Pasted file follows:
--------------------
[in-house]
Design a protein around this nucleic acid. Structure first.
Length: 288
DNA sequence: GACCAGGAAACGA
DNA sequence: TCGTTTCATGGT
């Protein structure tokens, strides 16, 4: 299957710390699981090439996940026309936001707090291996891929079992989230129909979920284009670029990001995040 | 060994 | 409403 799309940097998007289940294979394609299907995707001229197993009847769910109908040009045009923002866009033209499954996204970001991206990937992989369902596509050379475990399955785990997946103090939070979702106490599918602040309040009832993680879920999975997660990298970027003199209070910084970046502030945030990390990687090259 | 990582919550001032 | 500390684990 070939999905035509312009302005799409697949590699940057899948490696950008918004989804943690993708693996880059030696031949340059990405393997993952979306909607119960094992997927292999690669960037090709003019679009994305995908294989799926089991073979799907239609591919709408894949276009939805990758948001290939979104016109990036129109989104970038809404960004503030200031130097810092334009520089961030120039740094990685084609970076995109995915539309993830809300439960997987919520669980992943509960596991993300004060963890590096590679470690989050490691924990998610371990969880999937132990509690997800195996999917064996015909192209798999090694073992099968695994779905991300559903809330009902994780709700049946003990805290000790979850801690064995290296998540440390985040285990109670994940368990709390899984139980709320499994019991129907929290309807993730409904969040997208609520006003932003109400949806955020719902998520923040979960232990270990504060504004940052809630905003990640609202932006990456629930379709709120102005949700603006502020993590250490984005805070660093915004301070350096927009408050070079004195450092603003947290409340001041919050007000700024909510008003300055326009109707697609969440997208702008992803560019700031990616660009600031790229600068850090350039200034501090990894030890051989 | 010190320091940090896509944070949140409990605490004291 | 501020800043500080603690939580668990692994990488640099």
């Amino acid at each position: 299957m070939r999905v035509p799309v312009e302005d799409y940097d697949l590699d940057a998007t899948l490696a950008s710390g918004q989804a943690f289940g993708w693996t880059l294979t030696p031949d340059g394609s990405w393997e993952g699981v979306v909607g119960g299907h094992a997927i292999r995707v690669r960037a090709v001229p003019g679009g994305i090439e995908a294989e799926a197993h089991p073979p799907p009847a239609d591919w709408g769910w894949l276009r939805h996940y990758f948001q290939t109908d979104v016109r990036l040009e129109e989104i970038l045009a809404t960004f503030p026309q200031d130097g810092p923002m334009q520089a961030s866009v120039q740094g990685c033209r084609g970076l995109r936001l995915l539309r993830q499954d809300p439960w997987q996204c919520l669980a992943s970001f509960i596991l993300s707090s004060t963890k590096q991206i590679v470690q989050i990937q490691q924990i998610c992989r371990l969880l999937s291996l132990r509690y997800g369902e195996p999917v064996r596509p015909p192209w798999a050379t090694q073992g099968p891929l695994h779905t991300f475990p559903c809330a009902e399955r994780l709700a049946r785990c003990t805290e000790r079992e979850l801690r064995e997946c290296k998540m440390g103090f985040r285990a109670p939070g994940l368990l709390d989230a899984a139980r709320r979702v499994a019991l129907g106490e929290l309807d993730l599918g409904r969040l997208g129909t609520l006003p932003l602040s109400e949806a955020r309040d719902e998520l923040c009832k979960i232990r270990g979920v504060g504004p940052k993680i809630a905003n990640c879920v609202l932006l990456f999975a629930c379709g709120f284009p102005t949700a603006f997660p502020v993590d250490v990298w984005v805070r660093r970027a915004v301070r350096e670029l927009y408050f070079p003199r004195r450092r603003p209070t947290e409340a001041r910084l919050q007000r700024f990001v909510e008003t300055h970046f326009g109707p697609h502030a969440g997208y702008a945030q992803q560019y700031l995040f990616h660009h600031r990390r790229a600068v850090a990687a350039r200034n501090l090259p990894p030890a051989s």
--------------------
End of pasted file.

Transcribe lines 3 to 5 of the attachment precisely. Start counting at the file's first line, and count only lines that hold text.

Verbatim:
Length: 288
DNA sequence: GACCAGGAAACGA
DNA sequence: TCGTTTCATGGT